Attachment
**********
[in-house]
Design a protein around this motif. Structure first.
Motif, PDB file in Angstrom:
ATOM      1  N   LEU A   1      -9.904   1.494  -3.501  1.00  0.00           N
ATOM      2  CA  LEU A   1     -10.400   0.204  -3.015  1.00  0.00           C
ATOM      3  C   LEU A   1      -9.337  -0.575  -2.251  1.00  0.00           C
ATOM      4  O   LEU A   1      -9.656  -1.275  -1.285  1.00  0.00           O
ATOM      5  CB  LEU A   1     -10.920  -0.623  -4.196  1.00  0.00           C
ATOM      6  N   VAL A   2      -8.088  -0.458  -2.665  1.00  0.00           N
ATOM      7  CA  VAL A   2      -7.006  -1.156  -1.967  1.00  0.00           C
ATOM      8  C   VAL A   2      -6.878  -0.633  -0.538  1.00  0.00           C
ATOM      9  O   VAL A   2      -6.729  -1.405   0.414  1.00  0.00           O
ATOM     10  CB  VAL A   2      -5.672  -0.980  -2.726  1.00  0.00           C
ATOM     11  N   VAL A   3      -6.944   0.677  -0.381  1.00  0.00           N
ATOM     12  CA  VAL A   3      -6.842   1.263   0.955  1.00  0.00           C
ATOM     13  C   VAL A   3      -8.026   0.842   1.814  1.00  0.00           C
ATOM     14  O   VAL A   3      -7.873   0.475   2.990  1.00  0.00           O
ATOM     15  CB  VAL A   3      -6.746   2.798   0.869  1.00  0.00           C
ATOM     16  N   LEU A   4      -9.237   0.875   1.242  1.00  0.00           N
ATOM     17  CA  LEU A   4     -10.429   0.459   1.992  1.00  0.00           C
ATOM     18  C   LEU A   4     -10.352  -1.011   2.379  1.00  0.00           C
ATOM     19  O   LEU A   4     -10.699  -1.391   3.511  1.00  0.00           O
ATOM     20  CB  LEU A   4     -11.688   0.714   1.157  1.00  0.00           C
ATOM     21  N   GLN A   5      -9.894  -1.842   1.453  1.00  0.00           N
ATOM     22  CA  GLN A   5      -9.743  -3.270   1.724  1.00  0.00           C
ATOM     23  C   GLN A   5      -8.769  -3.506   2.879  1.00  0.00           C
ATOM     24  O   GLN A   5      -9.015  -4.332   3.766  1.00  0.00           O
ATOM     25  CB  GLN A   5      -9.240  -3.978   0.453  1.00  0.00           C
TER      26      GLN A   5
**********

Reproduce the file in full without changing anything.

[in-house]
Design a protein around this motif. Structure first.
Motif, PDB file in Angstrom:
ATOM      1  N   LEU A   1      -9.904   1.494  -3.501  1.00  0.00           N
ATOM      2  CA  LEU A   1     -10.400   0.204  -3.015  1.00  0.00           C
ATOM      3  C   LEU A   1      -9.337  -0.575  -2.251  1.00  0.00           C
ATOM      4  O   LEU A   1      -9.656  -1.275  -1.285  1.00  0.00           O
ATOM      5  CB  LEU A   1     -10.920  -0.623  -4.196  1.00  0.00           C
ATOM      6  N   VAL A   2      -8.088  -0.458  -2.665  1.00  0.00           N
ATOM      7  CA  VAL A   2      -7.006  -1.156  -1.967  1.00  0.00           C
ATOM      8  C   VAL A   2      -6.878  -0.633  -0.538  1.00  0.00           C
ATOM      9  O   VAL A   2      -6.729  -1.405   0.414  1.00  0.00           O
ATOM     10  CB  VAL A   2      -5.672  -0.980  -2.726  1.00  0.00           C
ATOM     11  N   VAL A   3      -6.944   0.677  -0.381  1.00  0.00           N
ATOM     12  CA  VAL A   3      -6.842   1.263   0.955  1.00  0.00           C
ATOM     13  C   VAL A   3      -8.026   0.842   1.814  1.00  0.00           C
ATOM     14  O   VAL A   3      -7.873   0.475   2.990  1.00  0.00           O
ATOM     15  CB  VAL A   3      -6.746   2.798   0.869  1.00  0.00           C
ATOM     16  N   LEU A   4      -9.237   0.875   1.242  1.00  0.00           N
ATOM     17  CA  LEU A   4     -10.429   0.459   1.992  1.00  0.00           C
ATOM     18  C   LEU A   4     -10.352  -1.011   2.379  1.00  0.00           C
ATOM     19  O   LEU A   4     -10.699  -1.391   3.511  1.00  0.00           O
ATOM     20  CB  LEU A   4     -11.688   0.714   1.157  1.00  0.00           C
ATOM     21  N   GLN A   5      -9.894  -1.842   1.453  1.00  0.00           N
ATOM     22  CA  GLN A   5      -9.743  -3.270   1.724  1.00  0.00           C
ATOM     23  C   GLN A   5      -8.769  -3.506   2.879  1.00  0.00           C
ATOM     24  O   GLN A   5      -9.015  -4.332   3.766  1.00  0.00           O
ATOM     25  CB  GLN A   5      -9.240  -3.978   0.453  1.00  0.00           C
TER      26      GLN A   5